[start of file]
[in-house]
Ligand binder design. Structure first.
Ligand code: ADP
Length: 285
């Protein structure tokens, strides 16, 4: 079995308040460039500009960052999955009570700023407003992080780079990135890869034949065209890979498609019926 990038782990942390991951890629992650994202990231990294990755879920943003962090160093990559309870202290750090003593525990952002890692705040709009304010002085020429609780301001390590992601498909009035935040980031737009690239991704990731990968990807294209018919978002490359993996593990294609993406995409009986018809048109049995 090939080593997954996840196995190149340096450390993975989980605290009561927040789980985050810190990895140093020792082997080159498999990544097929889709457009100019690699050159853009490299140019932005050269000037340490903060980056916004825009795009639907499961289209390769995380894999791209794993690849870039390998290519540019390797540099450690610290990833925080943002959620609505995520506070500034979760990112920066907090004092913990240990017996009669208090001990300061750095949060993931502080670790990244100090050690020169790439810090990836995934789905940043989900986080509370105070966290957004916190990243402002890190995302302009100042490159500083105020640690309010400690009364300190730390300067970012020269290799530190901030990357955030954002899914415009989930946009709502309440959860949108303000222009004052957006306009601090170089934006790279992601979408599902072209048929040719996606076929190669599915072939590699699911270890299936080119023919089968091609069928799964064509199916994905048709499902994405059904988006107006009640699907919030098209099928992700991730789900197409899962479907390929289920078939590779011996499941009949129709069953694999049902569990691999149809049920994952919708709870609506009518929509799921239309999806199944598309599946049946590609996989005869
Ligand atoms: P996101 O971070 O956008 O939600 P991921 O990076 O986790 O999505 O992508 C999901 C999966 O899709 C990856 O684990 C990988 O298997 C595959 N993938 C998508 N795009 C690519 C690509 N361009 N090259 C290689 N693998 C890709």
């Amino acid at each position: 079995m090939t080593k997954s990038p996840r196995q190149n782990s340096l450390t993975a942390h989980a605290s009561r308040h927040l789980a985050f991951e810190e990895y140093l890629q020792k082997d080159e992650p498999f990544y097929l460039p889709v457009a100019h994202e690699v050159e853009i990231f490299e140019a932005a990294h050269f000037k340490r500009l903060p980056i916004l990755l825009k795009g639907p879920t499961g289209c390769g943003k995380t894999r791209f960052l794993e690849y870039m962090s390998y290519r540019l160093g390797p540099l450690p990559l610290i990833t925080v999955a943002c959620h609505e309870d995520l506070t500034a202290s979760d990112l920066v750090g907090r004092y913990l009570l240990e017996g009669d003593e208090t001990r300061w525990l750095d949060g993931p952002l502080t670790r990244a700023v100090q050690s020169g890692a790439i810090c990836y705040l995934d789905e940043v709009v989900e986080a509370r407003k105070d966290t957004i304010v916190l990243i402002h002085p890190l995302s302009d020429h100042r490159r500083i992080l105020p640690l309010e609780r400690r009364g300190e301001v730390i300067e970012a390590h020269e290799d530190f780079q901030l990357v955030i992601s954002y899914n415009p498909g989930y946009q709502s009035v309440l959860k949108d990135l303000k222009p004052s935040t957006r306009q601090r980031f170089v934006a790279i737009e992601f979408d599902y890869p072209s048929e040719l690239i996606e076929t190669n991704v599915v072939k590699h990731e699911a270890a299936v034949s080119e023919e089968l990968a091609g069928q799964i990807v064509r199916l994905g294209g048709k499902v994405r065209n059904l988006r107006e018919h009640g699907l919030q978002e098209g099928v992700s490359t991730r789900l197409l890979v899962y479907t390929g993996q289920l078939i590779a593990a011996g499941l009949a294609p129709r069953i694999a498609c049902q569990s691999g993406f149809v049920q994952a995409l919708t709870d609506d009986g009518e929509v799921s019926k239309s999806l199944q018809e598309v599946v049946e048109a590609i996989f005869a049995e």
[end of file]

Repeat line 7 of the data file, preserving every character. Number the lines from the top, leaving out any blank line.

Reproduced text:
């Amino acid at each position: 079995m090939t080593k997954s990038p996840r196995q190149n782990s340096l450390t993975a942390h989980a605290s009561r308040h927040l789980a985050f991951e810190e990895y140093l890629q020792k082997d080159e992650p498999f990544y097929l460039p889709v457009a100019h994202e690699v050159e853009i990231f490299e140019a932005a990294h050269f000037k340490r500009l903060p980056i916004l990755l825009k795009g639907p879920t499961g289209c390769g943003k995380t894999r791209f960052l794993e690849y870039m962090s390998y290519r540019l160093g390797p540099l450690p990559l610290i990833t925080v999955a943002c959620h609505e309870d995520l506070t500034a202290s979760d990112l920066v750090g907090r004092y913990l009570l240990e017996g009669d003593e208090t001990r300061w525990l750095d949060g993931p952002l502080t670790r990244a700023v100090q050690s020169g890692a790439i810090c990836y705040l995934d789905e940043v709009v989900e986080a509370r407003k105070d966290t957004i304010v916190l990243i402002h002085p890190l995302s302009d020429h100042r490159r500083i992080l105020p640690l309010e609780r400690r009364g300190e301001v730390i300067e970012a390590h020269e290799d530190f780079q901030l990357v955030i992601s954002y899914n415009p498909g989930y946009q709502s009035v309440l959860k949108d990135l303000k222009p004052s935040t957006r306009q601090r980031f170089v934006a790279i737009e992601f979408d599902y890869p072209s048929e040719l690239i996606e076929t190669n991704v599915v072939k590699h990731e699911a270890a299936v034949s080119e023919e089968l990968a091609g069928q799964i990807v064509r199916l994905g294209g048709k499902v994405r065209n059904l988006r107006e018919h009640g699907l919030q978002e098209g099928v992700s490359t991730r789900l197409l890979v899962y479907t390929g993996q289920l078939i590779a593990a011996g499941l009949a294609p129709r069953i694999a498609c049902q569990s691999g993406f149809v049920q994952a995409l919708t709870d609506d009986g009518e929509v799921s019926k239309s999806l199944q018809e598309v599946v049946e048109a590609i996989f005869a049995e």